Each of these guidelines aims to deliver information as effectively as possible. For students, a document's design properly can frequently communicate as much information as, if not more information than, the words on the page. Numerous of these guidelines emphasize simplicity, which is crucial when working with pupils who have weaker reading skills. Instructors should pay attention to the number of words, focus, blank space, directions, font style, font size, and images in the worksheets they design.
Amount of the words
A page stuffed to the gills with words might be scary and overpowering depending on the student's ability. A reading class would be an exception, but even then, students should be able to grasp the work at hand pretty quickly without having to read and comprehend lengthy passages of material first.
Combine instructions into each worksheet. Before the class starts the exercise, it is helpful if the teacher reads, repeats, and rephrases the instructions to the class. Kids may still not hear or comprehend the teacher's instructions despite this repetition. Additionally, a lot of students are better readers than listeners, so giving instructions in both media might be helpful. Again, keep instructions brief and uncomplicated.
Each worksheet should have just one task. The class will become more confused as a result of too much variety of questions and tasks. Students already have a heavy cognitive burden from trying to comprehend the words on the page; if the arrangement is also unclear, they are likely to become lost. If many chores must be listed on the same page, clearly mark the beginning and end of each task, both visually and verbally.
esigners have the Latin phrase 'horror vacui' which means 'the fear of the void', to discuss the need to fill a page and not leave any blank space. An important element of design is 'free space'. It gives the impression that an object is more valuable by leaving greater room around it. For instance, a boutique with a select few goods attractively displayed will attract more attention than a warehouse crammed with clothing (Lidwell, Holden, & Butler 2010). Similarly, the phrases or things that are surrounded by empty spaces will catch students' attention.
row 2 of desciption If students do not have to spend time finding the page for crucial information, their cognitive burdens are reduced. Another point that ought to be evident is that student responses require blank spaces. Make sure there is enough space underneath the questions for the pupils to submit their responses. Additionally, there is an area on the side of the page for notes or vocabulary word definitions.
There is a widely-held belief that sans-serif typefaces, like Arial, are better for screens while serif fonts, such as Times New Roman, are more readable on paper (see Kole's infographic from 2013). However, the outstanding evaluation of the literature on the subject by Alex Poole (2008) reveals that it is contradictory and inconclusive. There is no requirement for English teachers to participate in the font and typeface discussion. Instead, they ought to pick fonts that draw pupils in without being distracting. It is advised to pick a straightforward, readable typeface and stick with it regularly so that pupils connect the font with the content. Avoid using stylized typefaces because they are typically more challenging for learners to read.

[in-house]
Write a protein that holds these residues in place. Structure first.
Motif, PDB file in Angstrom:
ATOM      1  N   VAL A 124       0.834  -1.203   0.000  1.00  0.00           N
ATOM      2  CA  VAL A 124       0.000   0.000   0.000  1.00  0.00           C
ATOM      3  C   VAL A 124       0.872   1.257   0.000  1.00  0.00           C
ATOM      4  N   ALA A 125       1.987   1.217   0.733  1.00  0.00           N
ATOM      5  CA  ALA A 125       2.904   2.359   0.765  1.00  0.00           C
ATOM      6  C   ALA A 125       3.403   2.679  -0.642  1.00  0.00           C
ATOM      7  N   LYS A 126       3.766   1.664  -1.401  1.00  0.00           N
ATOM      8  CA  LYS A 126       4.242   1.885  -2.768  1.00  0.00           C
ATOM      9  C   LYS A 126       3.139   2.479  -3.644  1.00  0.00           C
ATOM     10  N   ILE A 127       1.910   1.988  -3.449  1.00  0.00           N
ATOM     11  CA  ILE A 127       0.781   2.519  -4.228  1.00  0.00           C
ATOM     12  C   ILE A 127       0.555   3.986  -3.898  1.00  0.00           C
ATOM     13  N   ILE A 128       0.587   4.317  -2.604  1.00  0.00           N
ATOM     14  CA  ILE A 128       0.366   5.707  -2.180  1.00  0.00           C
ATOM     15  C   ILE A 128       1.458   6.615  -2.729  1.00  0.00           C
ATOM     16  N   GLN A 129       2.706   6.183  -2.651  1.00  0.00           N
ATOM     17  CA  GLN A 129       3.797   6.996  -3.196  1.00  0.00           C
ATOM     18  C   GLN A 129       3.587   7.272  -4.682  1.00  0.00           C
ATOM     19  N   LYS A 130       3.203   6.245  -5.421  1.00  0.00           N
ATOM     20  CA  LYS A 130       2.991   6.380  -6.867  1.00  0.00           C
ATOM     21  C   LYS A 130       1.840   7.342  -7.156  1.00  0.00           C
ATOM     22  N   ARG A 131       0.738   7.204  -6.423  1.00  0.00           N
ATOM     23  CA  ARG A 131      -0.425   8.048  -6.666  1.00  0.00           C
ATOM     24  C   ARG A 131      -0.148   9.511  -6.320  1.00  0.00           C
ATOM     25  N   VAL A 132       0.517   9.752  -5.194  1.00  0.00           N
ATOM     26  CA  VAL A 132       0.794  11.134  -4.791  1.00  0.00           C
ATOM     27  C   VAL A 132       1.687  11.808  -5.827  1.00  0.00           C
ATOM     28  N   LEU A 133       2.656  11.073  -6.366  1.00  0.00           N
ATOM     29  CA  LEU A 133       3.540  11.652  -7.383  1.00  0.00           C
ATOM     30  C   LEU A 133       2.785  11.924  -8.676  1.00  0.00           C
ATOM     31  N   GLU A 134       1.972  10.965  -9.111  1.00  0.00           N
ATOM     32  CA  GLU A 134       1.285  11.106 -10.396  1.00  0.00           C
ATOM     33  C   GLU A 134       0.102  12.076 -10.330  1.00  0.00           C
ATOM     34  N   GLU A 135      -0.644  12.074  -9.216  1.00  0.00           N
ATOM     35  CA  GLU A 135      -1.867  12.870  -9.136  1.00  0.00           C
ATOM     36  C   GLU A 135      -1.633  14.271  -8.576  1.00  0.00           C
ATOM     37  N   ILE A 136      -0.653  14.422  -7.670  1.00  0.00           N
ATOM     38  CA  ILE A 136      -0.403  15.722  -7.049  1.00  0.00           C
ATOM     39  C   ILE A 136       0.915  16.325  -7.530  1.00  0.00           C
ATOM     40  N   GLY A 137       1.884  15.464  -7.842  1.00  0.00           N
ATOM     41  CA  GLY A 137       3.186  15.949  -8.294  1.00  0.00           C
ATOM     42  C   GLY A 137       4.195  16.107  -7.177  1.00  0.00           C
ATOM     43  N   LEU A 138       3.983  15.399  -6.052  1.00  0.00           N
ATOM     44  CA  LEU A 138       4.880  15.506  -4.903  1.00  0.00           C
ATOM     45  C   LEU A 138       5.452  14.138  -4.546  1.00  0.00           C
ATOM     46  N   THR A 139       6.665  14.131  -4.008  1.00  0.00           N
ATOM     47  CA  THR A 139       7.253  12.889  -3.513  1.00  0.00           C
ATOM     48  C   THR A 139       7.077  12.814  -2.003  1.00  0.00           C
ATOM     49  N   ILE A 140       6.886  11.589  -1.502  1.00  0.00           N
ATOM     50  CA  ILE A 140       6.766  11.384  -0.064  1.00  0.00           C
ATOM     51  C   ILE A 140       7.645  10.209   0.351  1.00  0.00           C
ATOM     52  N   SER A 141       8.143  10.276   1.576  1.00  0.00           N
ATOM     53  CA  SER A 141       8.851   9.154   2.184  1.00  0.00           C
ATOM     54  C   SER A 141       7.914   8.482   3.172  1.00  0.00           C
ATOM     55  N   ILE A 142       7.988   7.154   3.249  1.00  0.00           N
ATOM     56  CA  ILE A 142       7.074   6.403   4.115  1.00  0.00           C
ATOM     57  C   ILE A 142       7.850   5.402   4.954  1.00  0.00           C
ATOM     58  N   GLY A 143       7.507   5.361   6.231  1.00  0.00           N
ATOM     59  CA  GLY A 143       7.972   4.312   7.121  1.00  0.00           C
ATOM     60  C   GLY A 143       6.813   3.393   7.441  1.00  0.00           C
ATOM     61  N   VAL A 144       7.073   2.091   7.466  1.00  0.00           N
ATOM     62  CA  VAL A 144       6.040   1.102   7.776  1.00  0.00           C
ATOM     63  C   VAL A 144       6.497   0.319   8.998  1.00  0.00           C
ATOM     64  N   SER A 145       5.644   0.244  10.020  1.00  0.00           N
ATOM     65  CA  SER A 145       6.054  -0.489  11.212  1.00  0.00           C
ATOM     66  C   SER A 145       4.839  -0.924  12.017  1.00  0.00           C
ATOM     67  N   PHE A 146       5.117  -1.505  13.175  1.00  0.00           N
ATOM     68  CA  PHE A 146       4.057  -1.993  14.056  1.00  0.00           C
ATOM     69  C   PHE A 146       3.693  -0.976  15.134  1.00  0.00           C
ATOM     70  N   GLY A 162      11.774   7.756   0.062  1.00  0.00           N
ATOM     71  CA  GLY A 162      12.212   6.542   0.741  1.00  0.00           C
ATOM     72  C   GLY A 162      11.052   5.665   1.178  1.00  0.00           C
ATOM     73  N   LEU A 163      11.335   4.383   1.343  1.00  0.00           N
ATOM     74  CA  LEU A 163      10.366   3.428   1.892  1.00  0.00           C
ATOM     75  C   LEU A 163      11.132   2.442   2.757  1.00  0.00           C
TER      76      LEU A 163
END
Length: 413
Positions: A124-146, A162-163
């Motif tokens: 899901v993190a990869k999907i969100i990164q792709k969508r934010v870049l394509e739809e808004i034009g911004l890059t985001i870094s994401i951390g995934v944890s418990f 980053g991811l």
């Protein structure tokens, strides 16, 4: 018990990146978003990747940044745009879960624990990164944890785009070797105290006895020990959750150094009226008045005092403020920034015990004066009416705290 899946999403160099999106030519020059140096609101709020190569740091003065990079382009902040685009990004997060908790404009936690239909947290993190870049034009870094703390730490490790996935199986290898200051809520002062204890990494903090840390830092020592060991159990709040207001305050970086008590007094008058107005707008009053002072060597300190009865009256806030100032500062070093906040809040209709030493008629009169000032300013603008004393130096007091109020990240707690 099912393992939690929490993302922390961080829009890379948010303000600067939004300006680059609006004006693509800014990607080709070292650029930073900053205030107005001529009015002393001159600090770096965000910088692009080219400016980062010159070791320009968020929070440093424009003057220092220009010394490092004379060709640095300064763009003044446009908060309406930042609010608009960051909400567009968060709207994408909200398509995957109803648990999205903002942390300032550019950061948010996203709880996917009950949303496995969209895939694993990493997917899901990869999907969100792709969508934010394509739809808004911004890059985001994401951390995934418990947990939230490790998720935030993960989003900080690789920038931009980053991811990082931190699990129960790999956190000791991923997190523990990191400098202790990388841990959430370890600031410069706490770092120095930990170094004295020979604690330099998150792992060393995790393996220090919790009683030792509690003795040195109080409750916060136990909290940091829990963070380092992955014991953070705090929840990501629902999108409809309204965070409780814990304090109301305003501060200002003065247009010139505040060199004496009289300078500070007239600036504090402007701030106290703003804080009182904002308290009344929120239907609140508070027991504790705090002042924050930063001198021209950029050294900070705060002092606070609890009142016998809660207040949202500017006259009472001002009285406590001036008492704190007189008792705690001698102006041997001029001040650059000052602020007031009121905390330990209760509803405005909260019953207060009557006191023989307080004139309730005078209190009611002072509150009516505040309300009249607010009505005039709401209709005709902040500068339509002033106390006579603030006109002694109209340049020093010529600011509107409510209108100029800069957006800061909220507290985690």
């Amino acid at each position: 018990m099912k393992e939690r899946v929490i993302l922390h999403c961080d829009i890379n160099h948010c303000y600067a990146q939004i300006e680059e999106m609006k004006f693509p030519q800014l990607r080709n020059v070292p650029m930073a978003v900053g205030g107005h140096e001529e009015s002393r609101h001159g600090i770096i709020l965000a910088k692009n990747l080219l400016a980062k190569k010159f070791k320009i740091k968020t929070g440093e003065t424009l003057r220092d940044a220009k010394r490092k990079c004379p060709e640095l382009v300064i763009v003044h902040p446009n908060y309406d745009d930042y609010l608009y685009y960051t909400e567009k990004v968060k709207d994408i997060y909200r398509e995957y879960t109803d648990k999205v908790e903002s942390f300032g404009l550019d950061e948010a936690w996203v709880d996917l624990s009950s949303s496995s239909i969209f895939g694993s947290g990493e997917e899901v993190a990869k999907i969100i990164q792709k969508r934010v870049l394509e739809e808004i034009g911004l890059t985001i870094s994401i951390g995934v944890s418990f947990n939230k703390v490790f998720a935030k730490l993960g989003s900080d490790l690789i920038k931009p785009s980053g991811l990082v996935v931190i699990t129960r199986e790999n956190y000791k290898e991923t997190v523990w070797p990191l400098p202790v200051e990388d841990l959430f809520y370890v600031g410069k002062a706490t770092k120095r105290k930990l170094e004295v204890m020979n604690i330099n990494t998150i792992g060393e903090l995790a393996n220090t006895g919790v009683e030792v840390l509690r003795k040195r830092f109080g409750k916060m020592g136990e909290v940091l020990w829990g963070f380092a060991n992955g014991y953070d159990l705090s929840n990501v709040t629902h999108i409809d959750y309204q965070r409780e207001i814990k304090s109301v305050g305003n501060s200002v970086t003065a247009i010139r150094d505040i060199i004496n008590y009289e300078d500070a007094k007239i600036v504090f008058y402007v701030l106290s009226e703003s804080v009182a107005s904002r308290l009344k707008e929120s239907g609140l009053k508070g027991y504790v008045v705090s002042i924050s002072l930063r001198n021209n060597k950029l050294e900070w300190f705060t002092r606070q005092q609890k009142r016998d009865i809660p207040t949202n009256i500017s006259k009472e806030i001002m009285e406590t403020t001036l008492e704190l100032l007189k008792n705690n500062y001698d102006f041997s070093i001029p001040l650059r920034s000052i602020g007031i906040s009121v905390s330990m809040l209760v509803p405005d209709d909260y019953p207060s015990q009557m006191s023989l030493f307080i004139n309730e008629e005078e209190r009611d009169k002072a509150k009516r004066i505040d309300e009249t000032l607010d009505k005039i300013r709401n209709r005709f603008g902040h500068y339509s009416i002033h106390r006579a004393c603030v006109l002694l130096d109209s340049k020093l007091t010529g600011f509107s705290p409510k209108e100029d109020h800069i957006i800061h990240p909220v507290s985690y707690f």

Additionally, font size needs to be carefully examined. The size and prominence of titles and section headings should be increased. Text sizes of worksheets should be utilized as a tool for organization. The 'Shortcuts' section provides a simple method for changing the font size as you type. According to a 2011 study by Tavakoli and Kheirzadeh on how font size affects students' reading comprehension abilities, the reader's ability to finish the job is unaffected by the font size in general. Therefore, it may be assumed that teachers don't need to worry too much about changing font sizes to match their pupils' reading levels.
Worksheet design should be careful when utilizing images. Too many pictures might become obtrusive and eat up valuable open space. Images can occasionally draw attention to themselves, convey information, or do both. Images are utilized as instructional tools in some worksheets that were created for lower-level classes; for instance, they serve as visual representations of the nouns in the title. They may also be more visually appealing and attention-grabbing than just words and lines. Last but not least, they can be used as a teaching aid for the vocabulary on the worksheet. Teachers can point out the components of the picture that correspond to the vocabulary term.